paritybit.ca

Digital Garden Philosophy

The original version of this document was modified to better fit my needs; you can find it at the link below.

Digital Garden Terms of Service

For Visitors

Welcome! You are now browsing a Digital Garden. This is my personal space for learning in public. I am a lifelong learner so everything is a work-in-progress like me, but I do not let perfectionism get in the way. That means that what you read here is not authoritative or complete, and is not representative of my best work.

What is a Digital Garden?

Learning in Public

However, it is representative of my interests and current state of knowledge, and if you have the same interests, then this space is also yours to use as a reference. Feedback and social sharing is welcome - that is the whole point of being public!

1. Right to Be Wrong

I have a right to be wrong or incomplete in my Digital Garden, either due to scarcity of time or knowledge. Please do not hold this, or my readership, against me because I will keep learning. Everything in this garden is a living document and I will retract or rephrase things I no longer agree with.

2. Constructive Criticism

You are expressly welcome to comment on, tear apart, counter-argue, or outright disagree on anything here. No compliment sandwich needed; I learn most from critics. I will listen to you but I don’t promise to agree with you. Please also suggest what else I should include, read, watch, or listen to, or tell me what you would have written instead.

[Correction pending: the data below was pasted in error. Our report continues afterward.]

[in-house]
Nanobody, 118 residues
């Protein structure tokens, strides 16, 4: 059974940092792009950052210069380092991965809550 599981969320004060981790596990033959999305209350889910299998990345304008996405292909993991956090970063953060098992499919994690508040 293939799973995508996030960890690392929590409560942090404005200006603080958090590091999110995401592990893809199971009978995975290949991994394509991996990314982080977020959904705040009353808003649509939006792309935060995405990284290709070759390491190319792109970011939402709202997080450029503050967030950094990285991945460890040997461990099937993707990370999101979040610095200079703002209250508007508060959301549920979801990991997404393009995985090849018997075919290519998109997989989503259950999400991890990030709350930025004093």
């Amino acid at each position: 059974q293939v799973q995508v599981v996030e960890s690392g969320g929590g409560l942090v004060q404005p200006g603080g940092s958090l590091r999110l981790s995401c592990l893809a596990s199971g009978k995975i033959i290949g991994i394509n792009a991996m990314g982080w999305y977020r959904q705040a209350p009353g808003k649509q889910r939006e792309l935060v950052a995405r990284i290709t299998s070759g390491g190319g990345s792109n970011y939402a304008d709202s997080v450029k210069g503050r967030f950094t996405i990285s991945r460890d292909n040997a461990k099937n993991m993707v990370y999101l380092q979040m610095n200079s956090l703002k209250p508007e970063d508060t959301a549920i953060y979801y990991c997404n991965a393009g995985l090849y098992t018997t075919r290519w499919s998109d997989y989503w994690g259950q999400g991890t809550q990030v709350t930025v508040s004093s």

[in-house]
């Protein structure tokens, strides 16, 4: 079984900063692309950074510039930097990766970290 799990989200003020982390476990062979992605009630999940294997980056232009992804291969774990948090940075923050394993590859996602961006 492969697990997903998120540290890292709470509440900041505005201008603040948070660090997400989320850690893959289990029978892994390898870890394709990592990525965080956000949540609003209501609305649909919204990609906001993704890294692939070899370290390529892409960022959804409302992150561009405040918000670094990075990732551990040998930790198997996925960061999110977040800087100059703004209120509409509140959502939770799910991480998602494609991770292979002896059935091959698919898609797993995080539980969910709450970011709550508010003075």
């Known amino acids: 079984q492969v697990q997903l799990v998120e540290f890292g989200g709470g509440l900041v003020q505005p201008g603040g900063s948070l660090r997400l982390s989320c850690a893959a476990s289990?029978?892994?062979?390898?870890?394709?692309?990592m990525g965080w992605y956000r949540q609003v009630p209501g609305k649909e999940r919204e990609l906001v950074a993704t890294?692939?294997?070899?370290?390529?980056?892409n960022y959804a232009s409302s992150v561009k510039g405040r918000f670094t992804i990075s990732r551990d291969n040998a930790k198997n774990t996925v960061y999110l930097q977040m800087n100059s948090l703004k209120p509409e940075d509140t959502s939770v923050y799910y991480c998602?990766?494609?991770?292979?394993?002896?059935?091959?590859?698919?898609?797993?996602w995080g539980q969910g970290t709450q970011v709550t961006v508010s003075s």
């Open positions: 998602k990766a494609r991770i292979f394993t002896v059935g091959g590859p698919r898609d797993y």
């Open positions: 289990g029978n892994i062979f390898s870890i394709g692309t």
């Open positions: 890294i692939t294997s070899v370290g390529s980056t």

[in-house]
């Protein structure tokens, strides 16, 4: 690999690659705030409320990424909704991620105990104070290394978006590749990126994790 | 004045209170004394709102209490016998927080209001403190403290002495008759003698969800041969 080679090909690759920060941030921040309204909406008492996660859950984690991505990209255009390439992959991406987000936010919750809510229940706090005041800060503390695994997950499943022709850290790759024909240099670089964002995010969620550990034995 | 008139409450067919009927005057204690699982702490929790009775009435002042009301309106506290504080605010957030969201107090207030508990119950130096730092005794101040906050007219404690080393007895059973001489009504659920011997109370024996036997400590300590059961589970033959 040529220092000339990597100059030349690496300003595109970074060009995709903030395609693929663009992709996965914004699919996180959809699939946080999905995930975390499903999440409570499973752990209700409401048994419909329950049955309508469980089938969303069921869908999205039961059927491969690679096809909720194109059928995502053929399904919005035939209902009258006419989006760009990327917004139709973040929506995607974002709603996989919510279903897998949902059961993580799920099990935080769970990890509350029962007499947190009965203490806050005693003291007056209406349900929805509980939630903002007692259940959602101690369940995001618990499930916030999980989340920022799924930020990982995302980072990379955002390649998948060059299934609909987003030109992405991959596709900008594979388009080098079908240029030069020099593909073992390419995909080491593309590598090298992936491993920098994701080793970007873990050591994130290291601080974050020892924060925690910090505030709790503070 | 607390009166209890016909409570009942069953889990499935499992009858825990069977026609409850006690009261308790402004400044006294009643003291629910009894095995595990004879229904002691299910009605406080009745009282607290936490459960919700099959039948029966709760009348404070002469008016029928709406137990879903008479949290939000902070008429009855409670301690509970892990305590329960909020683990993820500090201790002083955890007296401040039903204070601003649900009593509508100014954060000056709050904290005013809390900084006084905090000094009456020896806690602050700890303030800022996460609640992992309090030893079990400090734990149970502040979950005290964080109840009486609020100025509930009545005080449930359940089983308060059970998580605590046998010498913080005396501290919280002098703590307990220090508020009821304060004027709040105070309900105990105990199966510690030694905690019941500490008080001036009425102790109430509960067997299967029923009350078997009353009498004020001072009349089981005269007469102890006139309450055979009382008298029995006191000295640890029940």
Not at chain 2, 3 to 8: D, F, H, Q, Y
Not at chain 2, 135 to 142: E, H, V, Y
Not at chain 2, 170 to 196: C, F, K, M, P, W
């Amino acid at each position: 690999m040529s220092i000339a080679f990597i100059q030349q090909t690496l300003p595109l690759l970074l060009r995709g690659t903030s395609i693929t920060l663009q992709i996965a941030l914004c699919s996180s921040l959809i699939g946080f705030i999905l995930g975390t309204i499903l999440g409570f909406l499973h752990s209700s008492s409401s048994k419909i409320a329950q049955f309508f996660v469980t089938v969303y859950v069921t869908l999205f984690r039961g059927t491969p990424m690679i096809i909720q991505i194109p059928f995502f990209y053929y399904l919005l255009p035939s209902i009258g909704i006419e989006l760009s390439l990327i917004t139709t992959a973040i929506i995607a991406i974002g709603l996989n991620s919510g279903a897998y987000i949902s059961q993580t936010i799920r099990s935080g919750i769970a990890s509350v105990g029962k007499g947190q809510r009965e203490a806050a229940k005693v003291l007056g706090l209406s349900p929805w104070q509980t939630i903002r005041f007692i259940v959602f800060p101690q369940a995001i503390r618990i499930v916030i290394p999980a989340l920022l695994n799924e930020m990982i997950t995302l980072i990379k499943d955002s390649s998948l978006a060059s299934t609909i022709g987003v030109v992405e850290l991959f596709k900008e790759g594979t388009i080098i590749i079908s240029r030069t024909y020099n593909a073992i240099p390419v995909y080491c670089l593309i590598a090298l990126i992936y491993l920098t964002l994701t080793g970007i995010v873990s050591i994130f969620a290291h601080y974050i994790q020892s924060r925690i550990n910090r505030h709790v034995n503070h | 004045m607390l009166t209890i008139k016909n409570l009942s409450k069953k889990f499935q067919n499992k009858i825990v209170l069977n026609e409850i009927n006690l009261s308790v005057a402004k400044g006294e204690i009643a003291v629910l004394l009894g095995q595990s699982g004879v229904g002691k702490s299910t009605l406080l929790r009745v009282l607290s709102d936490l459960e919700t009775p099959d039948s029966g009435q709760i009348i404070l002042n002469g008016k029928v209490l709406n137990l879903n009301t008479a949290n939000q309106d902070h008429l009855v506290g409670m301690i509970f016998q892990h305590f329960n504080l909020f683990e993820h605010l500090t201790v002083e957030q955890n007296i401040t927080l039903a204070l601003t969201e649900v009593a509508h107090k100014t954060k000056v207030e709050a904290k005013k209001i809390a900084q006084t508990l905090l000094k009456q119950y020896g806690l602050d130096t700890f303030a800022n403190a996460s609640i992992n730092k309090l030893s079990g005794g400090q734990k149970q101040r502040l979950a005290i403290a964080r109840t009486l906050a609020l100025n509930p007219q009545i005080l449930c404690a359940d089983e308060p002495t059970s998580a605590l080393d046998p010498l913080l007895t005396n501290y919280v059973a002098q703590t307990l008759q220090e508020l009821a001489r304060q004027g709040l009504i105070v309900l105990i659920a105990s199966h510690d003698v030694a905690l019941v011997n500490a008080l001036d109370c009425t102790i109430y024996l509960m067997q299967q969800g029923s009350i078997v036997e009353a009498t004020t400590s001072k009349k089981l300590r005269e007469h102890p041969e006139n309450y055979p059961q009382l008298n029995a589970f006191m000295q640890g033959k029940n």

Better yet, write a better version of what I did and publish it in your own garden. I’d love to read it.

3. Attribute, don’t Plagiarize

Don’t plagiarize. Everything in this garden that is my own work (i.e. not subject to other stated copyright terms) is licensed CC-BY 4.0 which requires that you provide attribution if you use all or part of this garden. Please feel free to take ideas and riff off them, but don’t plagiarize.

For The Gardener

1. Consideration of Others

2. Epistemic Disclosure

In the spirit of this, the practice of disclosing epistemic status and effort originates from Devon Zuegel. I don’t think this always needs to be disclosed—if it is obvious from context, for example—but it never hurts.

Epistemic Statuses

3. Response to Feedback